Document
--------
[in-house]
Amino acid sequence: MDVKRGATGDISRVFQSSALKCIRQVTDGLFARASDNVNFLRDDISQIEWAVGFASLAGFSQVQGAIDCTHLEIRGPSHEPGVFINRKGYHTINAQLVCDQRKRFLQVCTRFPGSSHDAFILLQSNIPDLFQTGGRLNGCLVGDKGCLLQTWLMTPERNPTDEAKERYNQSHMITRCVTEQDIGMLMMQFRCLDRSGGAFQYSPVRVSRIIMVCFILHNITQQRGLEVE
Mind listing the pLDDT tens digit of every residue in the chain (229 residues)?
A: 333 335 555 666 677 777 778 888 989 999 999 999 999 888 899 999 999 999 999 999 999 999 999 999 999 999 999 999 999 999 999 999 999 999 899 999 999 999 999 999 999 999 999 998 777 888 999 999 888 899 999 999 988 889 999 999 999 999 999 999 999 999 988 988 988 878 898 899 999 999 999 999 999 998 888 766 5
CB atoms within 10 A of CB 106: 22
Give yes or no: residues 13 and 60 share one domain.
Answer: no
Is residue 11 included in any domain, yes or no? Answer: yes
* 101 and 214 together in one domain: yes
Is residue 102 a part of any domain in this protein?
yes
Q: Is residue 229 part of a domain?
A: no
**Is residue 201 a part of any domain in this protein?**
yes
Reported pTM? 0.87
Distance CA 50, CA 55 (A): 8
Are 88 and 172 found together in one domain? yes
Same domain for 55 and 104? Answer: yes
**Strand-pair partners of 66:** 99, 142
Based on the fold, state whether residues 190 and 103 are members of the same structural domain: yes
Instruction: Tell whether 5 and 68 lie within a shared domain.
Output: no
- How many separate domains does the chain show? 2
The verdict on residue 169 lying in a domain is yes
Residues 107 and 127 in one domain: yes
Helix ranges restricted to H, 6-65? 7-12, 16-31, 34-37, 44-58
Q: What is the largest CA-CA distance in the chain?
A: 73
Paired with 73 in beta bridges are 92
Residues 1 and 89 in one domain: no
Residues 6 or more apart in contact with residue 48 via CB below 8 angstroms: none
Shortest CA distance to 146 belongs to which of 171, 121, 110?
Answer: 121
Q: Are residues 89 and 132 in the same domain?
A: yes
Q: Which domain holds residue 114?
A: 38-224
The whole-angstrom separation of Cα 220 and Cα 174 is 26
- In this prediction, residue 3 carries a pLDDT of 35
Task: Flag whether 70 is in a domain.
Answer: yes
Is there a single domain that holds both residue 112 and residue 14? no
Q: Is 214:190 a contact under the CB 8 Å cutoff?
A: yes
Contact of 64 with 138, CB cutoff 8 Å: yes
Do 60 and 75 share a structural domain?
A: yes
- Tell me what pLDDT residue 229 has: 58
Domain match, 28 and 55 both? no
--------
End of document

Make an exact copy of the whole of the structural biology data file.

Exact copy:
[in-house]
Amino acid sequence: MDVKRGATGDISRVFQSSALKCIRQVTDGLFARASDNVNFLRDDISQIEWAVGFASLAGFSQVQGAIDCTHLEIRGPSHEPGVFINRKGYHTINAQLVCDQRKRFLQVCTRFPGSSHDAFILLQSNIPDLFQTGGRLNGCLVGDKGCLLQTWLMTPERNPTDEAKERYNQSHMITRCVTEQDIGMLMMQFRCLDRSGGAFQYSPVRVSRIIMVCFILHNITQQRGLEVE
Mind listing the pLDDT tens digit of every residue in the chain (229 residues)?
A: 333 335 555 666 677 777 778 888 989 999 999 999 999 888 899 999 999 999 999 999 999 999 999 999 999 999 999 999 999 999 999 999 999 999 899 999 999 999 999 999 999 999 999 998 777 888 999 999 888 899 999 999 988 889 999 999 999 999 999 999 999 999 988 988 988 878 898 899 999 999 999 999 999 998 888 766 5
CB atoms within 10 A of CB 106: 22
Give yes or no: residues 13 and 60 share one domain.
Answer: no
Is residue 11 included in any domain, yes or no? Answer: yes
* 101 and 214 together in one domain: yes
Is residue 102 a part of any domain in this protein?
yes
Q: Is residue 229 part of a domain?
A: no
**Is residue 201 a part of any domain in this protein?**
yes
Reported pTM? 0.87
Distance CA 50, CA 55 (A): 8
Are 88 and 172 found together in one domain? yes
Same domain for 55 and 104? Answer: yes
**Strand-pair partners of 66:** 99, 142
Based on the fold, state whether residues 190 and 103 are members of the same structural domain: yes
Instruction: Tell whether 5 and 68 lie within a shared domain.
Output: no
- How many separate domains does the chain show? 2
The verdict on residue 169 lying in a domain is yes
Residues 107 and 127 in one domain: yes
Helix ranges restricted to H, 6-65? 7-12, 16-31, 34-37, 44-58
Q: What is the largest CA-CA distance in the chain?
A: 73
Paired with 73 in beta bridges are 92
Residues 1 and 89 in one domain: no
Residues 6 or more apart in contact with residue 48 via CB below 8 angstroms: none
Shortest CA distance to 146 belongs to which of 171, 121, 110?
Answer: 121
Q: Are residues 89 and 132 in the same domain?
A: yes
Q: Which domain holds residue 114?
A: 38-224
The whole-angstrom separation of Cα 220 and Cα 174 is 26
- In this prediction, residue 3 carries a pLDDT of 35
Task: Flag whether 70 is in a domain.
Answer: yes
Is there a single domain that holds both residue 112 and residue 14? no
Q: Is 214:190 a contact under the CB 8 Å cutoff?
A: yes
Contact of 64 with 138, CB cutoff 8 Å: yes
Do 60 and 75 share a structural domain?
A: yes
- Tell me what pLDDT residue 229 has: 58
Domain match, 28 and 55 both? no